Purchase this article with an account.
WH Seiple, C Clemens, K Holopigian, V Greenstein, R Carr; Relationships Among Luminance, Acuity, Contrast, and Electrophysiological Perimetry in Patients with Retinitis Pigmentosa . Invest. Ophthalmol. Vis. Sci. 2002;43(13):1168.
Download citation file:
© ARVO (1962-2015); The Authors (2016-present)
Purpose: To compare a standard clinical measure of visual field sensitivity (Humphrey Visual Field Analyzer) to perimetry, measured using higher-level psychophysical tasks (acuity and contrast sensitivity), and to perimetry measured with the multifocal ERG (mfERG) technique in patients with retinitis pigmentosa (RP). Methods: Luminance sensitivity, letter acuity, and grating contrast sensitivity were measured at 13 locations within the central 10 degrees. Targets were presented along the horizontal and vertical meridians on a CRT display (mean luminance 150 cd/m2) for a duration of 375 msec. mfERGs were recorded using a standard protocol and a 103-hexagon array. Humphrey visual field thresholds were also measured at the same retinal locations. Data from a group of six patients with RP were compared to the results from six age-similar control subjects. For the patients, log losses in sensitivity from the average control values at the corresponding locations were calculated. Results: For this group of patients with RP, sensitivity on all of the tasks decreased as a function of eccentricity, as expected. Overall, luminance sensitivity and contrast sensitivity showed the least sensitivity loss (median = 0.18 and 0.17 log units, respectively). The mfERG amplitude measure was most affected (median = 0.52 log units) and spatial resolution showed an intermediate amount of loss (0.25 log units). Conclusion: These results suggest that perimetric measures of acuity and contrast sensitivity may prove to be useful additions to standard clinical field and mfERG measures for following disease progression.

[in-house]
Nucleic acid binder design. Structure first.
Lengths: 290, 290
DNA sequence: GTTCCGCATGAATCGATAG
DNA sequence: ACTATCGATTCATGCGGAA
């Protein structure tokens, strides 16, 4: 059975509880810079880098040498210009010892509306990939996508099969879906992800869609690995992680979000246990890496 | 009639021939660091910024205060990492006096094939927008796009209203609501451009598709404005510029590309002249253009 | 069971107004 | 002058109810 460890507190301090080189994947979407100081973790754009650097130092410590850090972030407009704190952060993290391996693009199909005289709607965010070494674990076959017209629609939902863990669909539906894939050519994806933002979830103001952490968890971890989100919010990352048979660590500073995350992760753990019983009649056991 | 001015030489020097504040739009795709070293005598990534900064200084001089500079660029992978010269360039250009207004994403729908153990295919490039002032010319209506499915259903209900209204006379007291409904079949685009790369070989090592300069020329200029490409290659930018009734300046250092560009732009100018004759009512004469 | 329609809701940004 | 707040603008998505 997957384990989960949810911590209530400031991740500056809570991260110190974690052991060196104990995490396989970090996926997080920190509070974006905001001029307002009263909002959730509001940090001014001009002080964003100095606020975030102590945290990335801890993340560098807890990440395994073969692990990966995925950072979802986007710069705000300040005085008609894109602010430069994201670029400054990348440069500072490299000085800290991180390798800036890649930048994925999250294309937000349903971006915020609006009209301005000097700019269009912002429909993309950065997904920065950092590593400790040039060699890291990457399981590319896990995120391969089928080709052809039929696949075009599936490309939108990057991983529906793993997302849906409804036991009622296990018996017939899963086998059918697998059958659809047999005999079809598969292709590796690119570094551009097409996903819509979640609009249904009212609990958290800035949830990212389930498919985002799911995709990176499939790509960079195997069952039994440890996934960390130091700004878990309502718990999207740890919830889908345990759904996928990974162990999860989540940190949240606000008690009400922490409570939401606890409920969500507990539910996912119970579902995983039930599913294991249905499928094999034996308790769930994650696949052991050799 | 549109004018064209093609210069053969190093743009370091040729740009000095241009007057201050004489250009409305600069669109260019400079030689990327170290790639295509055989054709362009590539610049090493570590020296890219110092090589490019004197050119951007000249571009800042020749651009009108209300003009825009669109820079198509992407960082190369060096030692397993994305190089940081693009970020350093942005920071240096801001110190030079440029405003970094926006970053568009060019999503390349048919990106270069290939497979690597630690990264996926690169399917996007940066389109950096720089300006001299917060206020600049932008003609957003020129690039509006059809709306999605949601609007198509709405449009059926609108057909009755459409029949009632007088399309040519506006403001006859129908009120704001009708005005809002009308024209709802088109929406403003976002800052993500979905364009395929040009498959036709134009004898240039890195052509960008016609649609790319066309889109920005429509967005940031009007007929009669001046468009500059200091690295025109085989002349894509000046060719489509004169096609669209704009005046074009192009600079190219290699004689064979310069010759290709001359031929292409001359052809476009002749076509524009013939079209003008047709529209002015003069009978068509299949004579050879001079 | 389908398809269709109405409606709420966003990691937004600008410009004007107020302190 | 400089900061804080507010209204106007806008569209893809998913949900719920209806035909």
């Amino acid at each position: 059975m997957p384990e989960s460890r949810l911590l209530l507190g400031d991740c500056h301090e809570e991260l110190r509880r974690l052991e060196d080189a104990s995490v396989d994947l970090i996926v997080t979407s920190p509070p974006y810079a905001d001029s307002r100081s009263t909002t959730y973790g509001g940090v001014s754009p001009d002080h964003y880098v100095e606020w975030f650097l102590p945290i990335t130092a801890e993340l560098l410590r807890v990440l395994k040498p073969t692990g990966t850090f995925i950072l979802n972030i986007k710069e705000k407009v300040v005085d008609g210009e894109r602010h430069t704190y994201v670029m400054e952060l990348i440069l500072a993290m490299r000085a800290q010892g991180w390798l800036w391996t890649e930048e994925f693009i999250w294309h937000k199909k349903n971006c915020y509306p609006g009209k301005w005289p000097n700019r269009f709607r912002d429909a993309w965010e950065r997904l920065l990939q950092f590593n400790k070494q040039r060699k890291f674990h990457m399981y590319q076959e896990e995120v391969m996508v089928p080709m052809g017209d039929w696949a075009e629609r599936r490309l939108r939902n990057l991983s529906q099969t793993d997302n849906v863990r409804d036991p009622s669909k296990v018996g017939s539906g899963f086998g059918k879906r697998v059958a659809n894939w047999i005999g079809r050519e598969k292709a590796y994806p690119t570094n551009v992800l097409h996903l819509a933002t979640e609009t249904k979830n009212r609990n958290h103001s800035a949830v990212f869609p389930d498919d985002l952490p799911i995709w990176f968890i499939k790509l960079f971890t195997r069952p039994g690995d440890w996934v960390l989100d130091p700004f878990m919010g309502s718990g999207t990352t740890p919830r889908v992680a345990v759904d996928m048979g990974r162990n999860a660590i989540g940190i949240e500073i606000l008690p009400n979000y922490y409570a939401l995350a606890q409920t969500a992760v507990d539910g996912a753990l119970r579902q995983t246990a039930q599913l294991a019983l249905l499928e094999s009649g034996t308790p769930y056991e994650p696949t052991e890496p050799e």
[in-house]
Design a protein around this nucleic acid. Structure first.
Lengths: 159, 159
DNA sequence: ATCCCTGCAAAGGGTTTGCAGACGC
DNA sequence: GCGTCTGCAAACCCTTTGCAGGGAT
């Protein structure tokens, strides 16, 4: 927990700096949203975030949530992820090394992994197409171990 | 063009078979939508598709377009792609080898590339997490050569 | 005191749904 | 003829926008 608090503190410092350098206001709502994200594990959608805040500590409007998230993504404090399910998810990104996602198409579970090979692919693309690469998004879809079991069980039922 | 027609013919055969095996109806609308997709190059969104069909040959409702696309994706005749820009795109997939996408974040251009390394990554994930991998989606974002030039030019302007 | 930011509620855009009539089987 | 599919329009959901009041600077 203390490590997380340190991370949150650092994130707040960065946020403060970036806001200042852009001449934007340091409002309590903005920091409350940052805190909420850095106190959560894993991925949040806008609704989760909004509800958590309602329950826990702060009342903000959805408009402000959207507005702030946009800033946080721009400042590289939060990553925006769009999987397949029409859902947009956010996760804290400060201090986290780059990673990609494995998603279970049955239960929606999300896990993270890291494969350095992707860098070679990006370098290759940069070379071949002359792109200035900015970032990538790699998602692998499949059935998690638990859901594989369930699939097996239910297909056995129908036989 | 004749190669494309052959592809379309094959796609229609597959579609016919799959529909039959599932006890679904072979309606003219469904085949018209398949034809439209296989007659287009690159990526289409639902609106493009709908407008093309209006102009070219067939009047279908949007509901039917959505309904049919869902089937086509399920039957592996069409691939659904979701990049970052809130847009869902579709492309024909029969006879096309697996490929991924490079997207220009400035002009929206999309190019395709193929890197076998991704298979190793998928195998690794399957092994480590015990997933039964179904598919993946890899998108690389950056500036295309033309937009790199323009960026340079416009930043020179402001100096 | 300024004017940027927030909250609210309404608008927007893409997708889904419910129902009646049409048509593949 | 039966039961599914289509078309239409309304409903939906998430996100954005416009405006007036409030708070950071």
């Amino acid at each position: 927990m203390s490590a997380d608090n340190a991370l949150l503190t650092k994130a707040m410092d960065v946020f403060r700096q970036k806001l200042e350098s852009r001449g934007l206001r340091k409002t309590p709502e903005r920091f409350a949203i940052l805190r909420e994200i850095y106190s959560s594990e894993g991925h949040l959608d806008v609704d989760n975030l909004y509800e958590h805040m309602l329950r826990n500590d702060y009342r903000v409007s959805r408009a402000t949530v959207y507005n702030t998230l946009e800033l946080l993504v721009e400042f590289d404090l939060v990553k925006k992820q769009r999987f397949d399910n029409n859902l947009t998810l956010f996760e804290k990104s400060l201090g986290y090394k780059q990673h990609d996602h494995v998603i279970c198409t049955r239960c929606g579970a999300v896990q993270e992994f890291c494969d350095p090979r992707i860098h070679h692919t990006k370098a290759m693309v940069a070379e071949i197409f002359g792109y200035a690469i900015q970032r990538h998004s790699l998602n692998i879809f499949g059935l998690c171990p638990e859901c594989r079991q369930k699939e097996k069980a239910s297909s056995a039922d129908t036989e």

This PDF is available to Subscribers Only